George Miller has often told the story of watching the black and white dupe print of The Road Warrior the composer needed for scoring, and liking it better than the color version. He tells it again in an intro for the new Black and Chrome version of Fury Road. He watched his new movie in black and white, and thinks it’s the best version there is, though he concedes that in some scenes, detail is lost.
I have now seen the Black and Chrome version. I think Miller may be right. I can’t tell for sure after only one viewing, but it feels right. Though it’s a stunning movie in color, the intensity of the colors gives the movie a kind of cartoonish vibe very different from The Road Warrior. In b&W, it’s no longer a cartoon. It’s like The Seven Samurai. Stark and intense.
Out there on the interwebs I see people saying, “Why can’t I just turn my TV to b&w and get the same effect?” The answer is “because color correction, bozo.” Especially now, in the world of digital cinema, you can change everything about what you’ve shot. In terms of actual colors, this means you can bathe your movie in orange and teal if it’s what suits you, or take it some other direction. Black & white is no different. There are an infinite variety of black and whites to mess with, and pushing a button on your TV is without a doubt the lamest available. All you’d be doing is desaturating an image fine-tuned to look great in color.
But so anyway, the point is, the b&w version looks gorgeous. It glistens and it shines. It adds a kind of distance to the movie, imparting a sense of ancient, epic importance. It’s somehow more grand, despite its austerity.
Having seen the movie numerous times in color, it took me awhile to adjust to the new look, or more exactly, to allow myself to simply fall into its grip without my mind constantly replaying what it used to look like. Which is why I’m going to need to watch it again to really get the true feel of it. Maybe the next three times I watch it will only be in b&w, until my brain it tricked into forgetting it was ever in color. At which point I can go back to color and blow my mind into tiny bright orange bits. Or maybe not; maybe I’ll be appalled by its garish palette and never go back.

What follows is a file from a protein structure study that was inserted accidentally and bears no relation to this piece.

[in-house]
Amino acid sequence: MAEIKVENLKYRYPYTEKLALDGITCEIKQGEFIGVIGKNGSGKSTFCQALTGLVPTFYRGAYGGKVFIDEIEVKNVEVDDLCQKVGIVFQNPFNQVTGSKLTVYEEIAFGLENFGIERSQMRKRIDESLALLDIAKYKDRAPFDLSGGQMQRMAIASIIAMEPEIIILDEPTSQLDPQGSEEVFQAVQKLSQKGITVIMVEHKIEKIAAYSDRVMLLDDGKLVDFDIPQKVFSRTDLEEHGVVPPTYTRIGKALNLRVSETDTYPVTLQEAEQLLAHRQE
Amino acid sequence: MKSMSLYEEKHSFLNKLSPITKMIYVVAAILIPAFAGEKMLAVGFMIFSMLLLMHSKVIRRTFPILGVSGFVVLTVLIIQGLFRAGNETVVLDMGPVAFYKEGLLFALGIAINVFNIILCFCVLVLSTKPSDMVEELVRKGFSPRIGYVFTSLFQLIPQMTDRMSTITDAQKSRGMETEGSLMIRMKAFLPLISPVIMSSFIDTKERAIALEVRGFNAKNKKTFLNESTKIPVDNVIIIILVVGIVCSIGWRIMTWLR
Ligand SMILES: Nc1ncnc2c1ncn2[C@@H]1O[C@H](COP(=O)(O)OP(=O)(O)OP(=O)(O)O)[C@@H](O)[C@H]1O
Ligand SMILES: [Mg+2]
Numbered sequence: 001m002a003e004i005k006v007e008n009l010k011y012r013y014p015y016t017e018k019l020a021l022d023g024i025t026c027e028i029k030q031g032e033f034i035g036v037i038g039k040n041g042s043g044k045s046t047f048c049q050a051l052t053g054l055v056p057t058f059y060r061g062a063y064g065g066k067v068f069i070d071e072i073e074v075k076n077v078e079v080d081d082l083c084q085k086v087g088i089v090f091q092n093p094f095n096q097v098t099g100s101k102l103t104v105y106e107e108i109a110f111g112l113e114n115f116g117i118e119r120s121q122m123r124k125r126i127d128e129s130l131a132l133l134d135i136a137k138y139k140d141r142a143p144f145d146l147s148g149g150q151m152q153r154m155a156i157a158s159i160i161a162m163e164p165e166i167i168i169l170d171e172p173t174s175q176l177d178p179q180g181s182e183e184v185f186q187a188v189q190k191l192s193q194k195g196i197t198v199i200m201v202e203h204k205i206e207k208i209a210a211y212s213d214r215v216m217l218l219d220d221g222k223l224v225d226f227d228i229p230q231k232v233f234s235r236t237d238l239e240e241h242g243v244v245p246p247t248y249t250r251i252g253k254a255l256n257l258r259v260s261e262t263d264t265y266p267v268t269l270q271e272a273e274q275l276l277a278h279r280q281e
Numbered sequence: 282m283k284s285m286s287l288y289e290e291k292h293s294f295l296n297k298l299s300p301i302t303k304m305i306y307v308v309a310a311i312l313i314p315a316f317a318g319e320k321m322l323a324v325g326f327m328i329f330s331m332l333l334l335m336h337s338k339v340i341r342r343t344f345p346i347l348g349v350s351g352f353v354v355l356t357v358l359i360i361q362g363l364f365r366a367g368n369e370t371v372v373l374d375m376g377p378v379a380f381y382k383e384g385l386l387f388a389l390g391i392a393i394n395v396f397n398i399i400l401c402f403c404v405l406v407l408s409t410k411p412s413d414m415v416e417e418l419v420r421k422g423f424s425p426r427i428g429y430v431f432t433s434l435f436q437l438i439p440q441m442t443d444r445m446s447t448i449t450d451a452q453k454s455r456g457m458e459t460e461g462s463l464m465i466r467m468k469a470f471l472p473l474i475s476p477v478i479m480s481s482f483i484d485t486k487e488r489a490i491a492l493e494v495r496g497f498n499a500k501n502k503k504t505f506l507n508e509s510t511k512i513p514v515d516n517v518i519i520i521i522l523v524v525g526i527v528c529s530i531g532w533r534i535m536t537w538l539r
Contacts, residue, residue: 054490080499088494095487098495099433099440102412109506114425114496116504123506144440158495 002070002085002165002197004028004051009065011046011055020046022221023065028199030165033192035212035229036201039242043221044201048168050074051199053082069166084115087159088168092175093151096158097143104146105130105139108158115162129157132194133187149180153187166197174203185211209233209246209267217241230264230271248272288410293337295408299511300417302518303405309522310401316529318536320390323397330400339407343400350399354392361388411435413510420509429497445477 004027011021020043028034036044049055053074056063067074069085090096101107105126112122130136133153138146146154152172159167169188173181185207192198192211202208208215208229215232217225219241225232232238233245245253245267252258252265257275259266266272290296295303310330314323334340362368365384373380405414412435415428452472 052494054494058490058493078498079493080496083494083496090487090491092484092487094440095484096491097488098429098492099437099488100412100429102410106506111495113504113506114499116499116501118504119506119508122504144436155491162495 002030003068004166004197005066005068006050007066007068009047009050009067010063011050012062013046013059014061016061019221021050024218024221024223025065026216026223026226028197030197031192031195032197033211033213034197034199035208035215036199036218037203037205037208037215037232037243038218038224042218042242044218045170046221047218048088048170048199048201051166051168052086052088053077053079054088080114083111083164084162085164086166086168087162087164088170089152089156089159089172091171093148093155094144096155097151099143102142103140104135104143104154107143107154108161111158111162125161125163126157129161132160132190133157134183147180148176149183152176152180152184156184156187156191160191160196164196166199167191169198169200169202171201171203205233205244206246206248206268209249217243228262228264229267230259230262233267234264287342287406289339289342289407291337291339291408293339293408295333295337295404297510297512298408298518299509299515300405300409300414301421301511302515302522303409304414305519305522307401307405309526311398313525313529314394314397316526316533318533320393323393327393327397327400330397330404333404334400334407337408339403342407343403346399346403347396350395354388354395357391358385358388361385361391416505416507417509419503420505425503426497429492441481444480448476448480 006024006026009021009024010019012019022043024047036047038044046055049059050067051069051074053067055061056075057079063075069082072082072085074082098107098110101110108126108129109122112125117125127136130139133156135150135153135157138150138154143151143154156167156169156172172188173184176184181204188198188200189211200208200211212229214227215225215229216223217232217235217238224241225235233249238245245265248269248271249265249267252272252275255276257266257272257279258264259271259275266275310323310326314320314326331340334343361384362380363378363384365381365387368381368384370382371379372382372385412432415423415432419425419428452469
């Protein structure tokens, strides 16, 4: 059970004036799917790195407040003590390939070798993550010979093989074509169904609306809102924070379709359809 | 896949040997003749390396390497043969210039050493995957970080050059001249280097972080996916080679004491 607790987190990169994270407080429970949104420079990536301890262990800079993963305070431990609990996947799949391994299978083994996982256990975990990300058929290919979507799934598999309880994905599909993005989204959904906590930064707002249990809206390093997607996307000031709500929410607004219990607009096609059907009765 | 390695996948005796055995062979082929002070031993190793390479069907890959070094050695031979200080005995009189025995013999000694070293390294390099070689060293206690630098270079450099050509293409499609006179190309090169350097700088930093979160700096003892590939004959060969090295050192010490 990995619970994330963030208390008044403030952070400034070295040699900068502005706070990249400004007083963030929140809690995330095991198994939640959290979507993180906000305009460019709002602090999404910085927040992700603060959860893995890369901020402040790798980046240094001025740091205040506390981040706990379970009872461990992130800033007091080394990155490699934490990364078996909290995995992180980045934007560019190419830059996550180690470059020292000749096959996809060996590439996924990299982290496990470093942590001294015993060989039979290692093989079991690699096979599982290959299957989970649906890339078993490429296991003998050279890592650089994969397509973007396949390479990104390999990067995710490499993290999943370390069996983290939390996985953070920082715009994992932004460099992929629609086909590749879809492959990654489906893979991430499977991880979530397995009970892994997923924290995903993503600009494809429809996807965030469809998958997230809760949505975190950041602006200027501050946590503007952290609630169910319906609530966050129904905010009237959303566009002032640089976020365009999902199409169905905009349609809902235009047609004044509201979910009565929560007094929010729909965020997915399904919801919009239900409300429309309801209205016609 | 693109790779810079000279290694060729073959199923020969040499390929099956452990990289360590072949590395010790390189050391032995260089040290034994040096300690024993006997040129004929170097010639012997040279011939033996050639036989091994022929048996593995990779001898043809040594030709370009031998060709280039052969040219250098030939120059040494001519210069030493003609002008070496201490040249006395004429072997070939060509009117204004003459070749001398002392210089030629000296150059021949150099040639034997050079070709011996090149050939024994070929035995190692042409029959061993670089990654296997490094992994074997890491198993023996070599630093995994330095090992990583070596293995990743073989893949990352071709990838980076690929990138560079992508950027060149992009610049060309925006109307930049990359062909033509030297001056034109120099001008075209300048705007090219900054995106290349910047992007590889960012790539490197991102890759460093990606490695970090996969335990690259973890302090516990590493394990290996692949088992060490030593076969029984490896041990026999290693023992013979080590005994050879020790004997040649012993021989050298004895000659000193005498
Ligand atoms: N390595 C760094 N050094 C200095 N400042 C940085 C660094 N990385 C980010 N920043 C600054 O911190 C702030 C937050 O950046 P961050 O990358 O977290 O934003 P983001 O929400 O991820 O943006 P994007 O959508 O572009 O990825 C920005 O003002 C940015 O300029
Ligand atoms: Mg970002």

Miller nails it when he says many scenes simply work better in b&w, whereas in others there’s a loss of detail. I felt the loss most prominently in two sections.
First off, night time. In the color version, there’s a big difference between the look and feel of the night sequence versus the day sequences on either side of it. Shot at high noon for a weird and unsettling effect, the night is blue and washed out. Though action packed, it creates a kind of pause in the rest of the non-stop chase. In b&w, this feeling is lost. It’s night, so it looks different, but not very much different. The strange day-for-night effect isn’t nearly as noticeable. It doesn’t quite play as well without the wash of blue. And because it’s monochrome like the rest of the movie, the sense of it being a separate section is also lost.
Now with that said, maybe it doesn’t need to feel like a separate section in the same way the color version does. Used to the color, I noticed its absence. But maybe in the future I won’t mind.
The other section where a loss of detail is most noticeable is when the chase leads inside the storm. Depth is sacrificed. In the color version, there’s a real sense of being within something vast and deep and horrifying. Lightning and tornadoes flash and whirl far in the distance. Clouds of varying shades roil and churn. But in b&w, this sense of otherwoldliness is lessened. I couldn’t see as clearly into the distance beyond the action, so, like the night sequence, what before stood out as a separate world blends more smoothly into the rest of the movie.
Again, maybe not a bad thing, maybe only a different thing, (maybe a better thing?), but I felt the absence.
Other than those two sequences, I’m having a hard time coming up with anything else potentially negative to say about the b&w version. Fire, I guess? Flames will always look better in color. Fire is scary. Lacking color, it feels a little more abstract.
But man, this movie kills in b&w. It’s just not something you see, ever, a big-budget action movie not in color. It’s unheard of. Only arty films get the b&w treatment nowadays. Which of course plays a part in how we interpret these kinds of images. Our brains have been conditioned to process b&w movies as either old or arty. Show them (the brains) a modern action movie, and they run around in circles waving their arms and shouting incoherently. They don’t know what to make of it, they don’t know what it means. What kind of movie is this, they ask? For me, my brain kept going back to The Seven Samurai.
It makes me wonder how one of these Marvel movies would play in b&w. Not as well as Fury Road, because they’re worse films to begin with, but still, seeing superheroes in their shiny costumes without the distraction of color could have an interesting effect.
It helps too that Fury Road’s story is one of mythic simplicity. Ancient stories cry out for b&w. So, yes. The upshot here is, you must watch this. Probably a whole bunch of times. Because that’s what true scientific investigation demands of us.